The Whig Party is Back
In several states, and in one city election, a very old party is bridging contemporary partisan divides.
By Lucy Westcott
The Whigs, the 19th century political party that disbanded before the Civil War over the question of slavery, is trying making a comeback as the voice of reason between embittered modern day Republicans and Democrats.
In Philadelphia, the election of Heshy Bucholz, a software engineer and first candidate to run and win as a Whig in that city in 157 years, has brought national attention to the party and spurred hundreds of new members to sign up.
In Maryland, where the Whigs held four of their national conventions in the mid-19th century, the hub of the renaissance is in Cecil County. Tim Zane, a registered Republican and a former vice president and senior cash manager at a large international bank, is in talks to be in charge of the Maryland branch of the new and improved Modern Whig Party.
Like Maryland, Idaho, Arizona, Virginia and Hawaii are seeking new chapter leaders.
There are about 200 members of the Modern Whig Party in Maryland, and another 200 support the group by receiving its newsletter. Maryland would benefit from a third party because of its problem with representation, Zane said.
"Maryland has two major parties and two minor parties. It's a strange way of looking at it," Zane said.
The major parties, in Zane's view, are the progressive Democrats and moderate Democrats, while moderate Republicans and conservative Republicans form the minor parties. He cites tax increases, including Gov. Martin O'Malley's infamous "rain tax," a stormwater fee, as evidence that a Democratic monopoly on decision-making is bad for Maryland's citizens.
"Everything in Maryland is controlled by the counties between Baltimore and Washington," Zane said.
Four Whig National Conventions were held in the old Maryland Institute in Baltimore, a grand building which stood at the corner of Market Place and East Baltimore Street. It burned down in 1904, and now in its place is the Power Plant Live! entertainment center. After a century and a half of dormancy, the Modern Whig Party was relaunched in 2007 by veterans of the Iraq and Afghanistan wars, and claims 30,000 members. Historically a party of compromise, the Whigs believe in incorporating ideas from multiple viewpoints to arrive at the best solution.
Modern Whigs favor allowing issues to be decided at the state and local level, painting themselves as the party of logic, research and reason. The Whigs see themselves in stark opposition to the two main political parties, which brought about the recent government shutdown.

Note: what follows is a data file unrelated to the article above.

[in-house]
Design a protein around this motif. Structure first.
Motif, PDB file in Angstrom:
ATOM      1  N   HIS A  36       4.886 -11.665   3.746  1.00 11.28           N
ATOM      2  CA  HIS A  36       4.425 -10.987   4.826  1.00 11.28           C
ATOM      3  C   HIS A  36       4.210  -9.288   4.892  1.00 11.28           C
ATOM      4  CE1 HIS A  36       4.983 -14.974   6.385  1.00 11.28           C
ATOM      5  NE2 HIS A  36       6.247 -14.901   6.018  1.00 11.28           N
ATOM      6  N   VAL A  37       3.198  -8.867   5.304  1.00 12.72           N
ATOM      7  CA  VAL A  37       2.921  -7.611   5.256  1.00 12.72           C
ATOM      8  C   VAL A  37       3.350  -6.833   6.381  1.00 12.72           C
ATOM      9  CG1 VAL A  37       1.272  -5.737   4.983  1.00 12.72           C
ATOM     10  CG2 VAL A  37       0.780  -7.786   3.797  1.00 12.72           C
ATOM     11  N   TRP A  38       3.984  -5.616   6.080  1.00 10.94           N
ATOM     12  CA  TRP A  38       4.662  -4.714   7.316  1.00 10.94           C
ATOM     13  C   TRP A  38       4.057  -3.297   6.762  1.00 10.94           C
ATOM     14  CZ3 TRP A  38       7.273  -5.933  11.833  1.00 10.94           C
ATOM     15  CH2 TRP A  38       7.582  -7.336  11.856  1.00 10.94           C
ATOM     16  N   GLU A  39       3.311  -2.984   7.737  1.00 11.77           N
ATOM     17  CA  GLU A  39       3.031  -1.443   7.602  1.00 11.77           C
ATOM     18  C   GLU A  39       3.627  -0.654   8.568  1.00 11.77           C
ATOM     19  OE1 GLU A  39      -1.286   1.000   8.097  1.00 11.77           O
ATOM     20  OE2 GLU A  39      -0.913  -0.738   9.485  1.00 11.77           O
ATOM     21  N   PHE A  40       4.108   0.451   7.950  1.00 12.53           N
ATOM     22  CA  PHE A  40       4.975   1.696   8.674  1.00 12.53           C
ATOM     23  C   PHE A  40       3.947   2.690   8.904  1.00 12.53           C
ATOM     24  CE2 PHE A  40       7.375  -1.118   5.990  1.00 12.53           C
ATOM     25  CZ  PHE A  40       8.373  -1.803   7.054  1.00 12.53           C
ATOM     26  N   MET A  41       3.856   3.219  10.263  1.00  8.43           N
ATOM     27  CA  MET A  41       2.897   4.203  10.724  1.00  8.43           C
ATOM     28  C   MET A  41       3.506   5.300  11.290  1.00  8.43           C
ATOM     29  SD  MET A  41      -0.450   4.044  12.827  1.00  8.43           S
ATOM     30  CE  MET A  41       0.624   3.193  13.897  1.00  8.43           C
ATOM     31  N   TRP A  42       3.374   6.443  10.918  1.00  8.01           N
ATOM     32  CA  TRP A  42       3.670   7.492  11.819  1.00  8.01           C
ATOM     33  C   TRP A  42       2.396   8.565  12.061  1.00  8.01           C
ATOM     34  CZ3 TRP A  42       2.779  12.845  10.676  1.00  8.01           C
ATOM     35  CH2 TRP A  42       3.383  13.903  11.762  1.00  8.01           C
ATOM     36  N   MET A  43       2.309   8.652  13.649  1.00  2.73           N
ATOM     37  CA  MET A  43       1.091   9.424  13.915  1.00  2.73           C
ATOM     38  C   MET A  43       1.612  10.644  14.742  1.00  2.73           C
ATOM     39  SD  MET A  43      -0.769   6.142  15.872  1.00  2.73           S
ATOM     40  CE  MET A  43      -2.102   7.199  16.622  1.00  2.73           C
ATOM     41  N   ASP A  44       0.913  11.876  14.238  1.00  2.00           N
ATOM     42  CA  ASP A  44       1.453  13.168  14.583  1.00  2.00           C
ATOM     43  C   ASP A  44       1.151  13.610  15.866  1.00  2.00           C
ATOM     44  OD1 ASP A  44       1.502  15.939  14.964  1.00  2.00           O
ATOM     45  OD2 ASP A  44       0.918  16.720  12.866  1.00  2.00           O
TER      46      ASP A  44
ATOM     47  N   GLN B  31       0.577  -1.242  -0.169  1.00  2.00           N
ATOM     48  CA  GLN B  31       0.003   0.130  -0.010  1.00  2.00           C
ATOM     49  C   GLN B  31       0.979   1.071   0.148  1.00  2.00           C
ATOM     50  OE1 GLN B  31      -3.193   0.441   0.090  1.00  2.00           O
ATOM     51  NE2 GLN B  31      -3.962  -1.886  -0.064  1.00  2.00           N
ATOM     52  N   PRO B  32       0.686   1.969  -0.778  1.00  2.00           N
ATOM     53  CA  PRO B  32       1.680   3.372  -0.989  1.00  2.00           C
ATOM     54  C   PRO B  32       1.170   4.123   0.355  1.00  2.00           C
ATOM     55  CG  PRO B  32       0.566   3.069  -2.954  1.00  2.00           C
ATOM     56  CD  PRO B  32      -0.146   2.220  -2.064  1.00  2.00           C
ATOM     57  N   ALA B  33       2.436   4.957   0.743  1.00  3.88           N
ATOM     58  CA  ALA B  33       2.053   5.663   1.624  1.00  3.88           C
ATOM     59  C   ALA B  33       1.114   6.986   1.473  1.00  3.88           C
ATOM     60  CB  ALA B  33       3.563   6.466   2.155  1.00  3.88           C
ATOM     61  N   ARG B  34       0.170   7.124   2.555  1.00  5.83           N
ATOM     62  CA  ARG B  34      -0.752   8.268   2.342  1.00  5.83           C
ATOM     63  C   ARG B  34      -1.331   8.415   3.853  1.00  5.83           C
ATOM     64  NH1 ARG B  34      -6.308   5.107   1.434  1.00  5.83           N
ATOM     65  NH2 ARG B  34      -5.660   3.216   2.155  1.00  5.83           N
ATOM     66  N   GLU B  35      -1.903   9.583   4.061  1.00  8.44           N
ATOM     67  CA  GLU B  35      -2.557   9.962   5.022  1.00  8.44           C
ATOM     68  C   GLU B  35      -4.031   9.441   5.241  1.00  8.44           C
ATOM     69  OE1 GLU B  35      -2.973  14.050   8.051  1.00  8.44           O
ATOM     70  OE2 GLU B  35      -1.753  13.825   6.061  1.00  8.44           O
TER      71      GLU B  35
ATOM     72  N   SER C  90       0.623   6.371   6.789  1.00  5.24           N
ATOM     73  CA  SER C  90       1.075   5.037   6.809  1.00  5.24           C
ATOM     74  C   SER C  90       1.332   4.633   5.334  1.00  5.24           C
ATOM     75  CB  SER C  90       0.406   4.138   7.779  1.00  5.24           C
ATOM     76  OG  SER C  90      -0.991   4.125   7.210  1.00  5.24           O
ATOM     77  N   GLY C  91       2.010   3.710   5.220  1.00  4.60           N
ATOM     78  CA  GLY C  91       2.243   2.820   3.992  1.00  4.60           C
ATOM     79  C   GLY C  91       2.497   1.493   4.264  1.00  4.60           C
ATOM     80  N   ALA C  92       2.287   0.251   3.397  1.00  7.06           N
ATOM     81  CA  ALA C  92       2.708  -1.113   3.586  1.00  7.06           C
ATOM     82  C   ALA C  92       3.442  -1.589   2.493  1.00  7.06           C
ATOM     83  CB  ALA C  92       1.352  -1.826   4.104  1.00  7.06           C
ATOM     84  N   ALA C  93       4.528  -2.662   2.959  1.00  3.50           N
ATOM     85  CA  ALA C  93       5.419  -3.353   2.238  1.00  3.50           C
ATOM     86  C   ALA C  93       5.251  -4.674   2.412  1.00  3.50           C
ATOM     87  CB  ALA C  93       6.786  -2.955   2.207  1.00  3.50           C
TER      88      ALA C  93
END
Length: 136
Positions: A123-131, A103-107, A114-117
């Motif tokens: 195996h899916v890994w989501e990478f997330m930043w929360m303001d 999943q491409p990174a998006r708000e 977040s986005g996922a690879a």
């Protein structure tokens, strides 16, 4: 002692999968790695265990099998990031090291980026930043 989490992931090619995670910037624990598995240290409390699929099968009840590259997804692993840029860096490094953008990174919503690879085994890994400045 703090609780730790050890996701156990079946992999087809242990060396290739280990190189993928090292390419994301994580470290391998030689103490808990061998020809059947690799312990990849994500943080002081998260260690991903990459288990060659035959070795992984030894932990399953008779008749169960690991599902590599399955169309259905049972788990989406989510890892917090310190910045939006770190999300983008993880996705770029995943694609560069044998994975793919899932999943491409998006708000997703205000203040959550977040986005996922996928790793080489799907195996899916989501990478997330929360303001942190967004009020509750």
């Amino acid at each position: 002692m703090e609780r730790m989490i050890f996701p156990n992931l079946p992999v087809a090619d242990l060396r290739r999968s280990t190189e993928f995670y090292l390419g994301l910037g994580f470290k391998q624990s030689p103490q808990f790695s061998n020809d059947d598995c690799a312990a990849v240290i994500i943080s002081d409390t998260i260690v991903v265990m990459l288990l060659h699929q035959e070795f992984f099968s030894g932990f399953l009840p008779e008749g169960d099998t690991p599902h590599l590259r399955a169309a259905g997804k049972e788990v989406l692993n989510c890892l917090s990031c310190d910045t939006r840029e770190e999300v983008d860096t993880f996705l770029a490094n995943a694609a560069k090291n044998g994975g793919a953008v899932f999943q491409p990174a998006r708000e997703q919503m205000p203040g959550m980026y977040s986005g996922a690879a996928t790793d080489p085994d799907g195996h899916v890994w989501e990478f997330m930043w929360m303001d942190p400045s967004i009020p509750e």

In Washington today, "one side shuts down so the other side doesn't talk," said Brendan Galligan, chairman of the New Jersey chapter of the Modern Whig Party, and an elected school board member in Westfield, N.J.
Galligan's own foray into Whigism began after he discovered the Westfield, N.J., school budget had increased by nearly 30 percent in five years. Propelled into action, he ran unopposed as an independent in 2012 and was elected to the Westfield School Board with 7,000 votes at age 23.
"They haven't done anything for a couple hundred years, but let me click on their link," Galligan said about his discovery of the Whigs.
An electrician working in New York City, he was recently re-elected to a three-year term, coming second by 200 votes among four candidates.
"The old Whigs were about building the country. Now it's about helping us from falling apart," Galligan said.
A historical comparison between the old and Modern Whig Party is difficult because the United States is dealing with a completely different set of issues, said William Anthony Hay, an associate professor of history at Mississippi State University, and author of a book on 19th century Whigs.
"It is a rebellion against gridlock in Washington," Hay said. But that doesn't mean the party will resonate today.
"I think if you ask people about the Whig tradition today, they'd think you were talking about a hairpiece," Hay said.
While they date back to 17th century Scotland, the American Whig Party was originally formed in 1833 to oppose what opponents saw as President Andrew Jackson's imperialist presidency and government expansion. The party split just before the Civil War over issues like state's rights and slavery.
As a moderate party that tried to appeal to as many people as possible, its lack of concrete ideology seemed to contribute to its implosion. Many northern Whigs went on to form the core of the Republican Party, while southern Whigs turned to the Democratic Party.
"The Whigs ... can claim to be the first real party of the people," said Andrew Evans, national chairman of the Modern Whig Party, who counts Abraham Lincoln and John Locke among the party's notable alumni.
"We are very proud of our history. We are a rebirth," Evans said. "We're not trying to take everything back to the 19th century, that's crazy."
A final death knell for the Whig Party was at its last official convention in 1856. The candidate nominated for vice president was Andrew J. Donelson, the nephew of "King Andrew" Jackson, the president the party was originally created to rally against.
The Whigs went into hibernation, and are now trying to re-emerge on the political stage as a third option for beleaguered voters.